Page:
James Clapper Says 'More and More' of Steele Dossier Has Turned Out to Be True

James Clapper
James Clapper said multiple parts of the Steele Dossier have been confirmed. James Wong/Getty images

More and more of the infamous Steele Dossier is turning out to be true, according to Barack Obama's former director of National Intelligence James Clapper.

While the more salacious parts have not been confirmed, Clapper told Salon that significant portions of the Steele Dossier have been verified through various investigations, though the dossier isn't an "intelligence document."

"The salacious parts, no. That's never been corroborated. It would appear to me that as time has gone on more and more of it has been corroborated, but I can't actually give you a percentage," Clapper said.

"Our only purpose, at least my only purpose for briefing the president-elect [on the dossier] in the 'no good deed goes unpunished' department was to let him know it was out there and Jim Comey, the then-director of FBI, was concerned about the Russians," Clapper continued.

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Fusion GPS, the organization behind the Steele Dossier, was originally funded by The Washington Free Beacon and its Marco Rubio supporting donor, according to the New York Times. After Trump secured the GOP nomination, The Times reports that the Hillary Clinton campaign and the DNC hired Fusion GPS to "compile research about Mr. Trump, his businesses and associates — including possible connections with Russia."

Steele, according to the Times, was brought on by Fusion GPS shortly after the Clinton campaign and the DNC hired the organization.

The Steele Dossier, written by ex British spy Christopher Steele, has been laughed off by Trump publicly but former FBI director James Comey said Trump brought it up several times during one of their meetings before he was fired. Trump, Comey said, asked him to investigate the dossier including parts about "the pee tape."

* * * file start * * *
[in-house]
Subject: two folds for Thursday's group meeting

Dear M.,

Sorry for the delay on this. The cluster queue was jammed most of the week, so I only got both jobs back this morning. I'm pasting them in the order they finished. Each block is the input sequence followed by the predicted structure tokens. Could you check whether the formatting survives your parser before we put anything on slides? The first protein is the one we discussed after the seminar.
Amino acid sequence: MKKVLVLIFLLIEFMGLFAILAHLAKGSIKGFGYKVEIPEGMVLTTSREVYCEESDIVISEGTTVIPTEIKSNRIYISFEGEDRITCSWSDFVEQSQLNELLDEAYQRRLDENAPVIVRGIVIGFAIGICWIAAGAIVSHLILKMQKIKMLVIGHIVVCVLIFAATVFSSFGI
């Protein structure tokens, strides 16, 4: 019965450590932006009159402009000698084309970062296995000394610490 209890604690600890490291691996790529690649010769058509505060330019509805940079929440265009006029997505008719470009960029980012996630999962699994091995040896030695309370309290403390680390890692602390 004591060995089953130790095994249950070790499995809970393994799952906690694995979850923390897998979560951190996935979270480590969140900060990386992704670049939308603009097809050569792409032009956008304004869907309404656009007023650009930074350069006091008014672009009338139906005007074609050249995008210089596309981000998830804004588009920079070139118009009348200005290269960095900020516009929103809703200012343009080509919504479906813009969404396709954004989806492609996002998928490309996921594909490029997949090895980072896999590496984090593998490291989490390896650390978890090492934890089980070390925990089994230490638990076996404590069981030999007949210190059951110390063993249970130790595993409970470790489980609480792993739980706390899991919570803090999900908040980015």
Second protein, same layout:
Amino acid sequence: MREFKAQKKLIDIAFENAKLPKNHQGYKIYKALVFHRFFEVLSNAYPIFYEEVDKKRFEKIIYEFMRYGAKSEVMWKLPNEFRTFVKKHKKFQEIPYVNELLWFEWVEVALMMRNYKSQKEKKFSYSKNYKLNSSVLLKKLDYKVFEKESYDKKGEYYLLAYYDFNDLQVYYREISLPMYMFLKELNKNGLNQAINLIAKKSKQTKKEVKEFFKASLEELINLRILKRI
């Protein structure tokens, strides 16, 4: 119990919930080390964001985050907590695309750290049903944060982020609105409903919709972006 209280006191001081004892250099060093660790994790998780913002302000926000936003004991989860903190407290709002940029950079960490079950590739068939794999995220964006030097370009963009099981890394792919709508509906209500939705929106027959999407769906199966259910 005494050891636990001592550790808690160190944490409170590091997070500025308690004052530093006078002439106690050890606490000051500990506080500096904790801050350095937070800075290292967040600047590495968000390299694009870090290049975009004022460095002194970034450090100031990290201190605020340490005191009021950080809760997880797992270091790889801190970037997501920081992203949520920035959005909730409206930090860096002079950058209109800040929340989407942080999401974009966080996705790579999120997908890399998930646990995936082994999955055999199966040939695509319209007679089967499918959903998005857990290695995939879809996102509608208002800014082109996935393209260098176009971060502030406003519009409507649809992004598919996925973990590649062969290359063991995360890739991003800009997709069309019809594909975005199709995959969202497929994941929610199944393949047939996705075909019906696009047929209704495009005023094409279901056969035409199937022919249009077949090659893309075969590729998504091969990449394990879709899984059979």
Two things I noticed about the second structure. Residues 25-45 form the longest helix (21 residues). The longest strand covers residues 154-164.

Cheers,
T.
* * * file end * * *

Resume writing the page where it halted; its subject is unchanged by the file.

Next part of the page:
"He brings it up and says he may want me to investigate it to prove that it didn't happen. And then he says– something that distracted me. 'Cause he said, you know, 'If there's even a 1 percent chance my wife thinks that's true, that's terrible,'" Comey told ABC.

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Before Trump brought it up, Comey said he was going to skip that part of the Steele Dossier.

"I did not go into the business about... people peeing on each other, I just thought it was a weird enough experience for me to be talking to the incoming president of the United States about prostitutes in a hotel in Moscow. And so I left that part out."

Clapper's recent appearance on The View sparked a controversy after his comments about the FBI's investigation into Russia were misconstrued by the President. Trump said Clapper's comments proved the FBI had a spy during the 2016 campaign.

"Clapper has now admitted that there was Spying in my campaign. Large dollars were paid to the Spy, far beyond normal. Starting to look like one of the biggest political scandals in U.S. history. SPYGATE - a terrible thing," Trump tweeted Thursday.

However, what Clapper actually said after being asked if the FBI was spying on the Trump campaign was much less shocking.

"No, they were not. They were spying on, a term I don't particularly like, but on what the Russians were doing," Clapper said on The View. "Trying to understand, were the Russians infiltrating, trying to gain access, trying to gain leverage and influence, which is what they do."

U.S. Director of National Intelligence James Clapper listens to remarks as he testifies during a House Appropriations hearing on "World Wide Threats" on Capitol Hill in Washington, D.C. February 25. Kevin Lamarque/Reuters

Update I This story was updated to include more information about Fusion GPS and the funding of the Steele Dossier.

James Clapper Says 'More and More' of Steele Dossier Has Turned Out to Be True | U.S.